It did include double tracking even though Galway Oranmore was doudble tracked before WW1 and the second track was lifted thereafter. The Oranmore - Athenry section was never double tracked that I know of.
That is €15m a mile. The N18 motorway around Gort cost €5m a mile ( not including land acquisition costs) . Then again CIE already own all the expensive land , from Galway to Oranmore
The lines of the former Midland Great Western Railway as built were provided with a surprising mileage of double track, as described by Oliver Doyle in JOURNAL 144, February 2001, “Double Track on the Midland”. With the sole exceptions of the short portion from Dublin (Broadstone and North Wall) to Clonsilla and also Ballysodare to Sligo, arguably also the short length between Mullingar Nos. 1 and 2 signal boxes, all of the double track sections were singled between 1918 and 1930.
Ballysodare - Sligo was not dealt with in JOURNAL 144 and neither is it mentioned in Ernie Shepherd’s book, “The Midland Great Western Railway of Ireland”. With the Sligo line now seeing a greater number of passenger trains than has been the case for more than half a century, and enjoying more through services than at any time in its history, it is appropriate to complete the story of Midland double track.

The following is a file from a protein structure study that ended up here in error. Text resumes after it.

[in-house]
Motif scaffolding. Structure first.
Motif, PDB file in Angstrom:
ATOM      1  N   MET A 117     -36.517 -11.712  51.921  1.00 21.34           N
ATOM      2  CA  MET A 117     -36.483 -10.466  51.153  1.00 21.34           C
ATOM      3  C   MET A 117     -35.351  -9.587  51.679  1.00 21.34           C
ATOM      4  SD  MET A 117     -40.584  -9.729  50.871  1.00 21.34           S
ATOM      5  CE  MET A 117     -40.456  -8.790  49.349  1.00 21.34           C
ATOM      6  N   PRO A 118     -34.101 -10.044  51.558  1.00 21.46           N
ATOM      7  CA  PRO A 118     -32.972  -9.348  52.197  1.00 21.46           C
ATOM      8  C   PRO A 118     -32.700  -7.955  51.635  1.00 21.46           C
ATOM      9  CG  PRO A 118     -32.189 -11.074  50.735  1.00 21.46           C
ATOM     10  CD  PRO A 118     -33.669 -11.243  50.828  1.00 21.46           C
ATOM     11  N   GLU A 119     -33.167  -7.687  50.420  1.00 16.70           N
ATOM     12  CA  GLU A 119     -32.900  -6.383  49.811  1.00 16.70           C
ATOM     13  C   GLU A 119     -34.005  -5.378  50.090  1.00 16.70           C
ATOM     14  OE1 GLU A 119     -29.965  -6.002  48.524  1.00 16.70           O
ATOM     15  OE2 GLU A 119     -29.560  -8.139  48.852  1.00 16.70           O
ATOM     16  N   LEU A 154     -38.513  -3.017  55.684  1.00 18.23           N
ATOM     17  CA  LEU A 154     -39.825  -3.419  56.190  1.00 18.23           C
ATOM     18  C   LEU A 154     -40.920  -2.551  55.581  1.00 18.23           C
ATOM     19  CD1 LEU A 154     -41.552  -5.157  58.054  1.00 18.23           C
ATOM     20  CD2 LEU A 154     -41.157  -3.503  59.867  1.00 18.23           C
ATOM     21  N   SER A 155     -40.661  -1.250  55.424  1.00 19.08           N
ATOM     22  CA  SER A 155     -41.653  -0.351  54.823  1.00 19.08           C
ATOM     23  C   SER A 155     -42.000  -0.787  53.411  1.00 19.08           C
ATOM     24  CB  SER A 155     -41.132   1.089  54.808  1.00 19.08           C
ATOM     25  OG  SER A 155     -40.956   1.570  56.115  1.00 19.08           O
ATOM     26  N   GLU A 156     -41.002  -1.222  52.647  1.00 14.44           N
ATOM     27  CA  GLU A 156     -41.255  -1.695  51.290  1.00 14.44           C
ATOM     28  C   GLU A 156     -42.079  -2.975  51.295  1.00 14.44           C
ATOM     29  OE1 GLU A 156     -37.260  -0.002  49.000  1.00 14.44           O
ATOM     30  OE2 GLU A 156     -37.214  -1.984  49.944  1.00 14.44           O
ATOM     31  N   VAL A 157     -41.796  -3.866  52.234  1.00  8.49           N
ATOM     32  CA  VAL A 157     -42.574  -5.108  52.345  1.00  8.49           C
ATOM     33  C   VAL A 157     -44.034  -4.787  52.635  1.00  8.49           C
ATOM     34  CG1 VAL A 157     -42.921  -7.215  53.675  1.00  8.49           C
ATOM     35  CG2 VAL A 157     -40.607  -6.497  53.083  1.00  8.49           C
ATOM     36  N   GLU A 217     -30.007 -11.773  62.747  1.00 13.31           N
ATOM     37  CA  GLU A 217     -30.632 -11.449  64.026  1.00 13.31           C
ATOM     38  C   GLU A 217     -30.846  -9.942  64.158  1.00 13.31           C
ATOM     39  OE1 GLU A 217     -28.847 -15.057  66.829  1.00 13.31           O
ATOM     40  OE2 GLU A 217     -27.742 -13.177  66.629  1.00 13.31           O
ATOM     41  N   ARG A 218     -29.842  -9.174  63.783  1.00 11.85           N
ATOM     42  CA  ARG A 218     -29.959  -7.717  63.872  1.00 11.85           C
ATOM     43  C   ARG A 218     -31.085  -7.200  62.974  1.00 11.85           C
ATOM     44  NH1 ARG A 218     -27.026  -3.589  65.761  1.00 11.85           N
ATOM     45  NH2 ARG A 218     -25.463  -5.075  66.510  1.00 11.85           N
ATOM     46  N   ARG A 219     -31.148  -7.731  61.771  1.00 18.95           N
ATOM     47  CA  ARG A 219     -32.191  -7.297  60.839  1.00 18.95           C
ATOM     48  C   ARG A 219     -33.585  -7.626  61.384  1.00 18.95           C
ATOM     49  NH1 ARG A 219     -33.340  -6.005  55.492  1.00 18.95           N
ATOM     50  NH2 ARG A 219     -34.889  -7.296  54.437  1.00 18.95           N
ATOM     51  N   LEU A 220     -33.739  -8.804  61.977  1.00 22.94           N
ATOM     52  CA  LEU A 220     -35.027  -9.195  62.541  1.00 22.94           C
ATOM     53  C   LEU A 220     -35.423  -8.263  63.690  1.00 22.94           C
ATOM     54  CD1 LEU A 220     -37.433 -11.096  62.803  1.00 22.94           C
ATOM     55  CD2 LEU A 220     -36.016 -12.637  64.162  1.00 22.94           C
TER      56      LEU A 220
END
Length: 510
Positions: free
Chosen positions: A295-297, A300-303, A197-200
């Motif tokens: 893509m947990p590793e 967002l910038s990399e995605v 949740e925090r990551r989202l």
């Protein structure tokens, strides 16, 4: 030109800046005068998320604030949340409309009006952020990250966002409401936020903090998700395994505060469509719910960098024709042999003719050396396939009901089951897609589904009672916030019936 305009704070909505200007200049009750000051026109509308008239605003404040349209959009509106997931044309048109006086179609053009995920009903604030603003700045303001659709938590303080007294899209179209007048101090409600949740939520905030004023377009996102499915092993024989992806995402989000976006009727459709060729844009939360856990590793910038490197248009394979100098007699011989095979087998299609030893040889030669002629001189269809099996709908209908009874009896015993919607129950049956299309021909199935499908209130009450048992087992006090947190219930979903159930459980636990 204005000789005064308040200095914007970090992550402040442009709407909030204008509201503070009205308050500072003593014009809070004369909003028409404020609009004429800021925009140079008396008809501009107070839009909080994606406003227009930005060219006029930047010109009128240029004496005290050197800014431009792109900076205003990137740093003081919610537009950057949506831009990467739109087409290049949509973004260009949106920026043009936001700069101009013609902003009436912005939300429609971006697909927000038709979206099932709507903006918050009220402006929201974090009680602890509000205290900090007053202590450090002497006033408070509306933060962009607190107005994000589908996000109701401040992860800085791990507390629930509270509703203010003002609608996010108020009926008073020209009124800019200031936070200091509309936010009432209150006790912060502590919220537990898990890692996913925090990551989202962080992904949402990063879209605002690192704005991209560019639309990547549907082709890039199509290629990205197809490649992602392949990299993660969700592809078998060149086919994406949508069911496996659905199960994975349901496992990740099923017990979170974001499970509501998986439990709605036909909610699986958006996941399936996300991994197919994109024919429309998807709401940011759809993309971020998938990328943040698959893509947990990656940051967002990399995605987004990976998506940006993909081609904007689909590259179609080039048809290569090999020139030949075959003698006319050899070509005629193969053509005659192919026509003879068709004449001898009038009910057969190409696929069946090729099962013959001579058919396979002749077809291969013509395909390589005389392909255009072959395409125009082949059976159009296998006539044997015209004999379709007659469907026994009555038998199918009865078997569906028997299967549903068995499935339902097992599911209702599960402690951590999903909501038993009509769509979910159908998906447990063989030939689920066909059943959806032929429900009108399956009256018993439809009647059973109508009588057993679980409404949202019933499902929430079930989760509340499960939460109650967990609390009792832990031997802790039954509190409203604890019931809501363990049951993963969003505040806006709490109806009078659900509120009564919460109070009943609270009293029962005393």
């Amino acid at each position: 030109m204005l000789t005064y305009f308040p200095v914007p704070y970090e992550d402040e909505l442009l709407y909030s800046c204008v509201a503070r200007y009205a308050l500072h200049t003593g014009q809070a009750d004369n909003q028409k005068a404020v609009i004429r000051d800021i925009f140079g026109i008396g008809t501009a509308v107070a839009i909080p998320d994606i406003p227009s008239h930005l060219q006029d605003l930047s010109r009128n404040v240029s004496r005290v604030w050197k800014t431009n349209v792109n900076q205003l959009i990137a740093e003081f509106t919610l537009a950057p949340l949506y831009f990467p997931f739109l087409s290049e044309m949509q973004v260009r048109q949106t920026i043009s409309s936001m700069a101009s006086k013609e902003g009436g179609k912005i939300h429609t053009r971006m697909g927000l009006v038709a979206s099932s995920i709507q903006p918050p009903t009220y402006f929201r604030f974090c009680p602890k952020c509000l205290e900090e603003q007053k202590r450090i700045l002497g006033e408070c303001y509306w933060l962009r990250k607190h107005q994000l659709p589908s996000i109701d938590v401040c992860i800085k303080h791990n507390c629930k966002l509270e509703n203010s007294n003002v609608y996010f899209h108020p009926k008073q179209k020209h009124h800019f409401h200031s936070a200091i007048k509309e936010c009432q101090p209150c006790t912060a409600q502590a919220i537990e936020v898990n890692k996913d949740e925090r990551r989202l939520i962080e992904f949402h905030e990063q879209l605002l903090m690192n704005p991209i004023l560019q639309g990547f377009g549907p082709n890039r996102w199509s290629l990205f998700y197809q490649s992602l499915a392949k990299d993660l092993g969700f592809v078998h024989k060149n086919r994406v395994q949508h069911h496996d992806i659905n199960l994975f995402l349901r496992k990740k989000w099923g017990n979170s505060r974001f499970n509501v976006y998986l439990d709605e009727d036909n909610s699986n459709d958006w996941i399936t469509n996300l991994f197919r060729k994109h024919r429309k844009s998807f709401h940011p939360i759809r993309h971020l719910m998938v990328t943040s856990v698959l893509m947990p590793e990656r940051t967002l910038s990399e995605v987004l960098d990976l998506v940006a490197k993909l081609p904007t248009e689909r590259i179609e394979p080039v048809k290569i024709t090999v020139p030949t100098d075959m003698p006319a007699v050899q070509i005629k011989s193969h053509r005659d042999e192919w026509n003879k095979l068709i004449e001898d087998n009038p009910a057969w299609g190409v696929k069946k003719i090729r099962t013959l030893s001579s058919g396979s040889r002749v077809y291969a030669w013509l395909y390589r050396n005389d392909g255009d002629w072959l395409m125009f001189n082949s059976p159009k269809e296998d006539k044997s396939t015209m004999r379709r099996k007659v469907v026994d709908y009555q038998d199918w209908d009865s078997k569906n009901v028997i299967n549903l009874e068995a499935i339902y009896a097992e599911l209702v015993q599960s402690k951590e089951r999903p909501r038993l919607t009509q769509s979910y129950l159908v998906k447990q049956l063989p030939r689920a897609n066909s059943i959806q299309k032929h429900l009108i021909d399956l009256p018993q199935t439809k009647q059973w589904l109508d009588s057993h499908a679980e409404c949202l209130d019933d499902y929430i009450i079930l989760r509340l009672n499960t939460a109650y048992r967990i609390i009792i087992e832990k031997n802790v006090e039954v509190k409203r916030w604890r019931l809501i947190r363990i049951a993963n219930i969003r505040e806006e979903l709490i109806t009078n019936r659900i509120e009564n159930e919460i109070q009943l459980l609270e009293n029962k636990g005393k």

The 41/2 miles between Ballysodare and Sligo appear to have been double from the opening of the line in 1862. With the arrival of the Sligo, Leitrim and Northern Counties Railway from Enniskillen in 1882, which had entered into an agreement to make use of the Midland’s tracks into Sligo from Carrignagat, 1 mile south of Ballysodare, the double line was extended to a new double track junction at that location, the provision of the additional track being funded by the SL&NCR, although the track itself became the property of the Midland.
black47 wrote: »
Well, it's open, 2 hours beween cities. 100 out of 142 level crossings eliminated. 12 more to be gone over next 12 months. This should improve journey times surely. Oranmore stop in 2011. No minesterial commitment to extending further to Tuam and Claremorris though.
'The Limerick to Galway rail line has been officially reopened, with trains travelling between the two cities for the first time in 34 years.
Minister for Transport Noel Dempsey attended the official departure of the first service from Limerick at 10.30am.
The re-opening of the rail link comes after €160m has been spent on upgrading the Ennis to Athenry line.
As well as serving Limerick, Ennis, Athenry and Galway, the project involved the building and total fit-out of new stations at Sixmilebridge, Gort, Ardrahan and Craughwell.